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My wife is up all night and smokes,but is a danger

elmfields

Registered User
Apr 24, 2015
3
My wife is 76 years old, I am 65. She does not recognise night from day ,and so for the last week she has been getting up for breakfast at about midnight. She has smoked for 60 years and has the obsession of flicking the lighter for no apparent reason. She does not recognise which end of the cigarette to light, and subsequently I have to get up and monitor the situation all night which is very wearing. She sleeps during the day, and I have been advised to try and sleep when she sleeps. Today she has lit tissues and caught the tea towel alight. She has recently (last 3 days) been taking Memantine HydroChloride 5mg and later stepped up, and her condition appears to be getting worse each day. Any thoughts, she is addicted to cigarettes and any ban would lead to major difficulties.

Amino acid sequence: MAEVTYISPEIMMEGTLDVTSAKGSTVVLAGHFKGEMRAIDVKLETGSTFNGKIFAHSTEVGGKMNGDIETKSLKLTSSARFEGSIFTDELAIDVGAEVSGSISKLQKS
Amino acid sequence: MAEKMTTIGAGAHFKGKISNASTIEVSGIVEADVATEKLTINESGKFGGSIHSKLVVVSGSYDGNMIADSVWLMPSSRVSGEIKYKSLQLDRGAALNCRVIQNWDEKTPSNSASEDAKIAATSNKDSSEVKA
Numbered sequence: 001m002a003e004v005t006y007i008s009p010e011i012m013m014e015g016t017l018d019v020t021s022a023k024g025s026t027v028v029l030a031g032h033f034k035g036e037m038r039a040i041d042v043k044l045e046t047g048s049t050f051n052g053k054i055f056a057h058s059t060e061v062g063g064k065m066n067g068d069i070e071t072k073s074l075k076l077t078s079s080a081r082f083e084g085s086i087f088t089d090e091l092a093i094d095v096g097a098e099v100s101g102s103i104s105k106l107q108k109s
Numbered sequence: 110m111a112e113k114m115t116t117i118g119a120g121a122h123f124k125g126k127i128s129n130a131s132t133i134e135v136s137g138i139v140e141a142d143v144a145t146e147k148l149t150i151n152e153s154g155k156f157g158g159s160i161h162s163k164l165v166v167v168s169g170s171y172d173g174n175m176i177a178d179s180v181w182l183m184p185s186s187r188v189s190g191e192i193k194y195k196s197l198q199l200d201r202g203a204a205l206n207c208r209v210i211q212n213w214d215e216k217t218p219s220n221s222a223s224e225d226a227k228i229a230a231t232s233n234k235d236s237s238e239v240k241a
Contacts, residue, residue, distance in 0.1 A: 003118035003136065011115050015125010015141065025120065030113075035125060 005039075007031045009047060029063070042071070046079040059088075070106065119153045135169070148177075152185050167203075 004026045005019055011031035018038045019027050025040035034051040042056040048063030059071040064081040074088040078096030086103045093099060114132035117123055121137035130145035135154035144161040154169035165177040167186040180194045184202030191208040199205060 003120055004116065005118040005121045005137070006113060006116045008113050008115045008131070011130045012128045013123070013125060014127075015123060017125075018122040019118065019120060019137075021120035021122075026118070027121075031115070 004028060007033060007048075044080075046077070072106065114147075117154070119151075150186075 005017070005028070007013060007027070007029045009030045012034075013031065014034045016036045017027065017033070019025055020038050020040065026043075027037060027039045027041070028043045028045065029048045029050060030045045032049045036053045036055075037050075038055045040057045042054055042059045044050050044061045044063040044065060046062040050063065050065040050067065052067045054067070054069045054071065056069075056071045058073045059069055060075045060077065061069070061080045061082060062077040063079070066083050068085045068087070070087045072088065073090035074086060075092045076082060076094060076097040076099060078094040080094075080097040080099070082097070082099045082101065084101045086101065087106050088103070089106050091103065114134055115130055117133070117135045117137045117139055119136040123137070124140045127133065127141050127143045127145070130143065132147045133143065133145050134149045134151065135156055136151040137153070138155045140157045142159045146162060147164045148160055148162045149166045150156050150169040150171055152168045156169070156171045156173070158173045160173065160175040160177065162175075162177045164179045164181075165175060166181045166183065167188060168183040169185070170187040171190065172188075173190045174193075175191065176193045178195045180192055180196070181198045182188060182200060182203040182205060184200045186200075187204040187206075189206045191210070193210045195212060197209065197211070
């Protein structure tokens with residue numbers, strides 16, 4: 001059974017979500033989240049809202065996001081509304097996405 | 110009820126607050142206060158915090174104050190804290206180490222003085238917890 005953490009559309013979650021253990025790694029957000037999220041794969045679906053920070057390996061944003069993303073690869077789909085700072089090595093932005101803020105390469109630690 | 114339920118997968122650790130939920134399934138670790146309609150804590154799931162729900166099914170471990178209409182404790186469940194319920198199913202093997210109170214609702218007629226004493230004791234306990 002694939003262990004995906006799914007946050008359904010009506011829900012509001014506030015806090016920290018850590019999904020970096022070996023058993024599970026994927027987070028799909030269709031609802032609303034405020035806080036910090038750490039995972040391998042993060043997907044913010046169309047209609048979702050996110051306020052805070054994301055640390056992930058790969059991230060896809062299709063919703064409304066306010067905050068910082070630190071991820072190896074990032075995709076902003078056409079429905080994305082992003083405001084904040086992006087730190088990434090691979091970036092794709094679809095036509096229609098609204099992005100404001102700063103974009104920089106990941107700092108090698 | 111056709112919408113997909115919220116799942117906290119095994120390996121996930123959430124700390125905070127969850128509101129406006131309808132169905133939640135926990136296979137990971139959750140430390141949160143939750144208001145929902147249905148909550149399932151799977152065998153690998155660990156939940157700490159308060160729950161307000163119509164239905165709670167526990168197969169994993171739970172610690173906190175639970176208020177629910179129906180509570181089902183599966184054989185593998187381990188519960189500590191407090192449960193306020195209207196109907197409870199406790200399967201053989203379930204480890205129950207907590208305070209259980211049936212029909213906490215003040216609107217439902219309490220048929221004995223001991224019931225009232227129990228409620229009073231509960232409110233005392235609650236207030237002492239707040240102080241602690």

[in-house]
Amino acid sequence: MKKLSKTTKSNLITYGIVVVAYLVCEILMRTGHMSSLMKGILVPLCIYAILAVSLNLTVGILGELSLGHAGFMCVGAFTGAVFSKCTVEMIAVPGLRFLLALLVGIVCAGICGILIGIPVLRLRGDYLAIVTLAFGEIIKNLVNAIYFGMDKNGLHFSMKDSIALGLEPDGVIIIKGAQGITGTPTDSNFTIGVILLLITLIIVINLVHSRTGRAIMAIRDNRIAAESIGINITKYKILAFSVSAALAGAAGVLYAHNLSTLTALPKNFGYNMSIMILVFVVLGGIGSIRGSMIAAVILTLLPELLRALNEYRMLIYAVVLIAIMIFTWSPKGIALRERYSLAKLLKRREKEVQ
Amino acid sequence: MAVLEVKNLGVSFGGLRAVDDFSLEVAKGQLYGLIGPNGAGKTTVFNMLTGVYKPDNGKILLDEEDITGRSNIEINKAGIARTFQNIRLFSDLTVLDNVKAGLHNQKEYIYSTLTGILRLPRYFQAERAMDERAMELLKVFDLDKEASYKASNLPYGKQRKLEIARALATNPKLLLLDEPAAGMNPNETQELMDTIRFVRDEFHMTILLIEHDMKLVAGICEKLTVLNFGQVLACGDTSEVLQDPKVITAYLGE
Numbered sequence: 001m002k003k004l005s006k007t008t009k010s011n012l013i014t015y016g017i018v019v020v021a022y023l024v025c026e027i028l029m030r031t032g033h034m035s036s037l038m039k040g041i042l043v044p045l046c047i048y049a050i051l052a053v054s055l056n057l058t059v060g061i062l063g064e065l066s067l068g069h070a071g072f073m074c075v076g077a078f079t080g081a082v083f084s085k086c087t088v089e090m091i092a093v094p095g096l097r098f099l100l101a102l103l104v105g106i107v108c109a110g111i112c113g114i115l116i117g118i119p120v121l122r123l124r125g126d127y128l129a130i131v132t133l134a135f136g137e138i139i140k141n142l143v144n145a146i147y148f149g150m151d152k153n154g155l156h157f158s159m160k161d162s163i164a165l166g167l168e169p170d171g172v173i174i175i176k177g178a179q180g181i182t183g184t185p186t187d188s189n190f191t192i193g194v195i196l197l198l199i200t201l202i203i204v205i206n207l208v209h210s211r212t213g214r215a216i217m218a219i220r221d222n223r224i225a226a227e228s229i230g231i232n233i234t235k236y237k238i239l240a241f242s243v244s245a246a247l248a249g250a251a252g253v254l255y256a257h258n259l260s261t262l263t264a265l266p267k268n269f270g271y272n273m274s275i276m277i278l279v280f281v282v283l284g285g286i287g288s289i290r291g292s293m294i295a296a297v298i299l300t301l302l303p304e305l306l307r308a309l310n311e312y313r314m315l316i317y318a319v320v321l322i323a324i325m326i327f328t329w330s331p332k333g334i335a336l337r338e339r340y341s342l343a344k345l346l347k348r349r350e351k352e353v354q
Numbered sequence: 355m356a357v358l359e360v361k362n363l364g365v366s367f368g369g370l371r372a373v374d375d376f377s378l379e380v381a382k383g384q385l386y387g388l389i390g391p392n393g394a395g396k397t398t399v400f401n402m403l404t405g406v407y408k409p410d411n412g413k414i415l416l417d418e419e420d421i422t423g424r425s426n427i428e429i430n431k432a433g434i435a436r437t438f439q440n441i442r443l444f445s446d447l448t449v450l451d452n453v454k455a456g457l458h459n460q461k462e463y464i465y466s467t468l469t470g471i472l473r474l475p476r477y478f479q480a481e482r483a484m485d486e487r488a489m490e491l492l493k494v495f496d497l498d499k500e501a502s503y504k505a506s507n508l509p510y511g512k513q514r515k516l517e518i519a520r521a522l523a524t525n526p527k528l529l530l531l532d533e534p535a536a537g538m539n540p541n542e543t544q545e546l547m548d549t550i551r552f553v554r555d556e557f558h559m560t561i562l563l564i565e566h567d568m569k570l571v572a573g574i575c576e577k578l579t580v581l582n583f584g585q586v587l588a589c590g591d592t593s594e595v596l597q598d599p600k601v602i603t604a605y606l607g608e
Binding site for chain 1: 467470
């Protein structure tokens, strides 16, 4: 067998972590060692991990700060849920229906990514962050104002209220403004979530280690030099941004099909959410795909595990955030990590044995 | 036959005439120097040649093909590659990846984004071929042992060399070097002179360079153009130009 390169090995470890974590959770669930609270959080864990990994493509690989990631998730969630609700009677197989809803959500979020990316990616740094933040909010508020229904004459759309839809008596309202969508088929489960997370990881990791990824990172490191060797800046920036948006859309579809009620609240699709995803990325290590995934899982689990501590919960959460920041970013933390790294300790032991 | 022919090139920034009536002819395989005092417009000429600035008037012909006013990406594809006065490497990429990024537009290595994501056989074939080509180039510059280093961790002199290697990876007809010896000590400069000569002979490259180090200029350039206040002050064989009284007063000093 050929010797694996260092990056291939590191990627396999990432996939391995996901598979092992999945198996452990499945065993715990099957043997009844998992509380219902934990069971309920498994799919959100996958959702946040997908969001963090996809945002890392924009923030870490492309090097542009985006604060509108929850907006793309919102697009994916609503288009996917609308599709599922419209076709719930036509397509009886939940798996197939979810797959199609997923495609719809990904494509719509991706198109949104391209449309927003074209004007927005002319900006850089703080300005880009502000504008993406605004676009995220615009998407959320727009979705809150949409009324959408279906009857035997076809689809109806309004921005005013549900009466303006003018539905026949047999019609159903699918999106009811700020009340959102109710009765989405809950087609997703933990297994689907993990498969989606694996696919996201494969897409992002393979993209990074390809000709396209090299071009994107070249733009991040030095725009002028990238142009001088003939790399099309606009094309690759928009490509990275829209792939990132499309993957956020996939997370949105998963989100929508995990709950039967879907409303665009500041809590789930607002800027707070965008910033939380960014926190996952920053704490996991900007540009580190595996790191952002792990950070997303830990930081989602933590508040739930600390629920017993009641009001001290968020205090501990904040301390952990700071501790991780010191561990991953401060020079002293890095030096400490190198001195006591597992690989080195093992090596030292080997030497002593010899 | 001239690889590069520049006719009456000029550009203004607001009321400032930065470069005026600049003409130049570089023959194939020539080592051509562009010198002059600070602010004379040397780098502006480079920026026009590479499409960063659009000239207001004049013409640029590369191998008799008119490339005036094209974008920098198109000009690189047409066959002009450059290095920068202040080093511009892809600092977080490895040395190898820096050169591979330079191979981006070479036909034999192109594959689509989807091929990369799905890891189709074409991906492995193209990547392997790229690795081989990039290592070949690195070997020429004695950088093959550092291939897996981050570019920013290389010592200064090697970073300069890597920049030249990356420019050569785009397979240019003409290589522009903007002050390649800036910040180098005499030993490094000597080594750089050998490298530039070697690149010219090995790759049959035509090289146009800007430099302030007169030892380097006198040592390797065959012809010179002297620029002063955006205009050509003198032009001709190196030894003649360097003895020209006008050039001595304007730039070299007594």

Miss Merlot

Registered User
Oct 15, 2012
3,260
Have you tried electronics...?

I don't have dementia, but swear by them! :D

You'd have to do the fiddly bits in terms of charging and topping up fluid, but - on the upside - unlikely to set fire to anything.
 

Tin

Registered User
May 18, 2014
4,825
UK
My mum smokes and I've never banned her, but after a few smouldering waste bins and burn marks on my carpets, I decided to hold on to mum's lighter and cigarettes. She now has to ask me and I do not leave her alone while she is smoking. The downside is that she is always asking me for one, especially when sundowning, but the upside is that I can now control how many she has. It did not take long for mum to get used to this, there was no option, it was just too dangerous.